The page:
Wisconsin just might have itself a convoy

‘Cause we got a great big convoy
Rockin’ through the night
Yeah, we got a great big convoy
Ain’t she a beautiful sight?
Come on and join our convoy
Isn’t nothin’ gonna get in our way
We gonna roll this truckin’ convoy
‘Cross the USA

I’ve previously described how a combination of outrageous fortune and inspired policy led to Arizona’s unexpected status as the top state for K-12 academic growth.

The Readers Digest version: Great Recession property price drops allowed high-demand charters to grow, which along with private choice programs, created strong incentives for district participation in open enrollment, which is nearly universal in the Grand Canyon state.

Getting the open enrollment dominoes to fall seems key, as open enrollment students outnumber charter school students. Choice programs don’t exist in hermetically sealed silos; rather, they interact with each other out on the road.

And when they all are heading in the same direction, they tend to ignore things arbitrary and unproductive things, like, for instance, arbitrary and inappropriately mandated 55-mile-an-hour speed limits.

Wisconsin lawmakers passed the nation’s first voucher program in 1990 – the Milwaukee Parental Choice Program. Subsequently, Wisconsin lawmakers created voucher programs for Racine and a statewide voucher program for students with disabilities. Finally, a statewide means tested voucher program passed in 2013.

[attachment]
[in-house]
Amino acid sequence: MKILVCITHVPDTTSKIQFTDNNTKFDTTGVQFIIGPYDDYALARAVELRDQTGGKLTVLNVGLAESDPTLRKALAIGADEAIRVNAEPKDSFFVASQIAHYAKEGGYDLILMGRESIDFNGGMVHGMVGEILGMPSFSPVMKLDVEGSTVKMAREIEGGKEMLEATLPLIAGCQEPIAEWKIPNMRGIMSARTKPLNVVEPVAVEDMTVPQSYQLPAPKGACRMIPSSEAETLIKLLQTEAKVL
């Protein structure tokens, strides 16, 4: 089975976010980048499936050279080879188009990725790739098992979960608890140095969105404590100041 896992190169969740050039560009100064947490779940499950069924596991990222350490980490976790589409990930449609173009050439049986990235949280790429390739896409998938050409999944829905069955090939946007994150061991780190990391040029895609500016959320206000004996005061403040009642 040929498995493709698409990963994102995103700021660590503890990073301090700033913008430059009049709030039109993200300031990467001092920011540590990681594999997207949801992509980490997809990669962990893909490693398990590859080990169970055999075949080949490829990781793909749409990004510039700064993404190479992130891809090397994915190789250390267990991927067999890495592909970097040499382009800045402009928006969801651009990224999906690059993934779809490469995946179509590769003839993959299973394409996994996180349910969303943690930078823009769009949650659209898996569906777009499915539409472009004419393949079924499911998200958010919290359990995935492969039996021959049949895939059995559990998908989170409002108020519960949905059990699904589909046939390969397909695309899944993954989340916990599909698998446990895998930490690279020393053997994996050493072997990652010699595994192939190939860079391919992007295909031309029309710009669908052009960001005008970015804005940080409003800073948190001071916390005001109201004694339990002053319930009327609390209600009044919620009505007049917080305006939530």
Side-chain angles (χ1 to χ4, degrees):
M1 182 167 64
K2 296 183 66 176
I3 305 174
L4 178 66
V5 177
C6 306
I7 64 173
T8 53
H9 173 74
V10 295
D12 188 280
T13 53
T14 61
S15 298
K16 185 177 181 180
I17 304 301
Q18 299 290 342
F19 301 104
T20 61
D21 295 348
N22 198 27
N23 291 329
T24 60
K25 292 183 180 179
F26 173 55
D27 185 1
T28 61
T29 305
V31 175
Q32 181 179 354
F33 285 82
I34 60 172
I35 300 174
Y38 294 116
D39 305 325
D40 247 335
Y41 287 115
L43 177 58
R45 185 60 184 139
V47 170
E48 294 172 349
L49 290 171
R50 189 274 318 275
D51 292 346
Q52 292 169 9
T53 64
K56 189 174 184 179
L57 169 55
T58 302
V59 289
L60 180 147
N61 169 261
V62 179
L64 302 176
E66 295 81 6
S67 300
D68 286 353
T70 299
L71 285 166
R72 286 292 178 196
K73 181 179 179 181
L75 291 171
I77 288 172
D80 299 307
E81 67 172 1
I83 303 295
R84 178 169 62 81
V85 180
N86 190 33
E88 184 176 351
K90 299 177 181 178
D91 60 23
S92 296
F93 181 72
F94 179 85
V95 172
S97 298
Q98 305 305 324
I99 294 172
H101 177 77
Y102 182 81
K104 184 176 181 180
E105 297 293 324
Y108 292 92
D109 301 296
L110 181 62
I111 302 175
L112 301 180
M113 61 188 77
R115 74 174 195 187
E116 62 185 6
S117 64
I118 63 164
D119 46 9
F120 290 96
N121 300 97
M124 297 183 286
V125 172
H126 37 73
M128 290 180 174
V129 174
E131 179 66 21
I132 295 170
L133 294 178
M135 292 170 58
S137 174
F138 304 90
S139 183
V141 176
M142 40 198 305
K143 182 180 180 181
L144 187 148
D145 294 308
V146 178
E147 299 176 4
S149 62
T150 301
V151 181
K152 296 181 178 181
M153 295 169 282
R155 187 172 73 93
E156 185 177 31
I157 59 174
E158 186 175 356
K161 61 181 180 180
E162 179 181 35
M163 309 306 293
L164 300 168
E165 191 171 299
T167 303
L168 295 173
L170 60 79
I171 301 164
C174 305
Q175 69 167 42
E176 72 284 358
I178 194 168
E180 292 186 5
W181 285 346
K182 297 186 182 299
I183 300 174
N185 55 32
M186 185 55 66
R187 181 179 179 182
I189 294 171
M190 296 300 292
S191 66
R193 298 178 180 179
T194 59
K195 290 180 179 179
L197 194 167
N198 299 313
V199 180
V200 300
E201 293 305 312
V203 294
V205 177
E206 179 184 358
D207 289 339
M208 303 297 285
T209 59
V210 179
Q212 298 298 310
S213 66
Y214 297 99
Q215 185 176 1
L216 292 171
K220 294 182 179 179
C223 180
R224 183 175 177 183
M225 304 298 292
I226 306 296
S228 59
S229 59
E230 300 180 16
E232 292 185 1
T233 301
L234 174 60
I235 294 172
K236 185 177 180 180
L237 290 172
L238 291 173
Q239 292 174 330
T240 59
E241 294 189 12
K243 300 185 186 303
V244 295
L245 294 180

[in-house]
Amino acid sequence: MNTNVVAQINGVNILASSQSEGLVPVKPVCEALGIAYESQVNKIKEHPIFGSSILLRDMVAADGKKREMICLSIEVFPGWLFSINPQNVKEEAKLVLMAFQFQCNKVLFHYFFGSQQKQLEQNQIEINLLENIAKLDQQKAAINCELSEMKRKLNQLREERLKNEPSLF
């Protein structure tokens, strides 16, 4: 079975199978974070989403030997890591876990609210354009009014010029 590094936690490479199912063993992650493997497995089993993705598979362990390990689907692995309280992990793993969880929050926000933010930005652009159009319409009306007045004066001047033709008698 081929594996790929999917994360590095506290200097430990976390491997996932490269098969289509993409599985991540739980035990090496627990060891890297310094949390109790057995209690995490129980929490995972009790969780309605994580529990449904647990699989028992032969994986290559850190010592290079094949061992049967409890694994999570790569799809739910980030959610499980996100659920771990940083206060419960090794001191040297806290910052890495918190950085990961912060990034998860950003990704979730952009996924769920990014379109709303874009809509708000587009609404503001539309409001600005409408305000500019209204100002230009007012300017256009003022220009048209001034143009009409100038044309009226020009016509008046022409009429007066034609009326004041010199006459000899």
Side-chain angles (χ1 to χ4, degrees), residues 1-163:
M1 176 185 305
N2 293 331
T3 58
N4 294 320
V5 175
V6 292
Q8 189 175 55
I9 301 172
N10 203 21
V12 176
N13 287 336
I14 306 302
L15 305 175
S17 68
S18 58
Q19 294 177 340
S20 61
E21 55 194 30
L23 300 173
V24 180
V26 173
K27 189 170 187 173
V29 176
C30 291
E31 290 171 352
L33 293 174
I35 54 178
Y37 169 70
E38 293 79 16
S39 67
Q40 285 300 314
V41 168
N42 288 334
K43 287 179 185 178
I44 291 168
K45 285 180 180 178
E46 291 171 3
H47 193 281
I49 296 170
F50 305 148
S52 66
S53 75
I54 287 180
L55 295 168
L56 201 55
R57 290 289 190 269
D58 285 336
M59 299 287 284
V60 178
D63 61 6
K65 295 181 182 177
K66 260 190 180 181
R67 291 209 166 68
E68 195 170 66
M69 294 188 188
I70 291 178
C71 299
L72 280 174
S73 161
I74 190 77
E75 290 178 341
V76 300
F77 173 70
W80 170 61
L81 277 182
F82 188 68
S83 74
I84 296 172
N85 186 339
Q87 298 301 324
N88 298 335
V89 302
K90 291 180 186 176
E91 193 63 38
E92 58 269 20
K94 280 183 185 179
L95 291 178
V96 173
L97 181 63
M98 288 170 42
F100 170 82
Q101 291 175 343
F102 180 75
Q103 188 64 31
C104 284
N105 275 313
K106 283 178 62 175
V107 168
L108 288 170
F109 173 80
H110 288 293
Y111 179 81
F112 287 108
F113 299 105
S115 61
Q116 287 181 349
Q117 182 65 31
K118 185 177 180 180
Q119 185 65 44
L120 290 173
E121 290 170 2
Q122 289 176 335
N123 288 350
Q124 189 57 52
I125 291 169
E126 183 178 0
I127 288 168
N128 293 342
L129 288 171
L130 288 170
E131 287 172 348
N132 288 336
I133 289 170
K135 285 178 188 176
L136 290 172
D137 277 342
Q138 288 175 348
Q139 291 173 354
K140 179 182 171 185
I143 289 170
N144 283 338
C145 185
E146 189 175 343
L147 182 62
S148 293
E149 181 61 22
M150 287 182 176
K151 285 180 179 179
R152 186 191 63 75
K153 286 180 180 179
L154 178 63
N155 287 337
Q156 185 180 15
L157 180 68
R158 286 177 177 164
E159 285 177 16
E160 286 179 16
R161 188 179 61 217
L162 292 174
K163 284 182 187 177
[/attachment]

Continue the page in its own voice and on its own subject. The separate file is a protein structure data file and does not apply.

In combination, the voucher programs educated 48,919 students in the 2021-22 school year. Wisconsin also has an underrated charter sector educating 49,678 students.

These sectors are important in their own right. But have Wisconsin school districts joined the school choice convoy?

That’s a big 10-4 good buddy, and they are about to put the hammer down!

Wisconsin’s voucher, charter and open enrollment programs al are loaded up and trucking, but there is more to be done.

Any Wisconsin family can use the open enrollment process or attend a charter school. Wisconsin’s largest voucher programs, however, don’t allow students to participate if their parents paid too many taxes. Hard to see how that makes any sense.

All these schools also have the same academic standards and give the same test. Wisconsin’s K-12 system would be more pluralistic and diverse if both public and private schools accepting choice students could select tests from a menu of linked exams.

Some won’t be happy, but mercy sakes alive, Wisconsin just might have itself a school choice convoy!

One Comment

  1. Great write-up!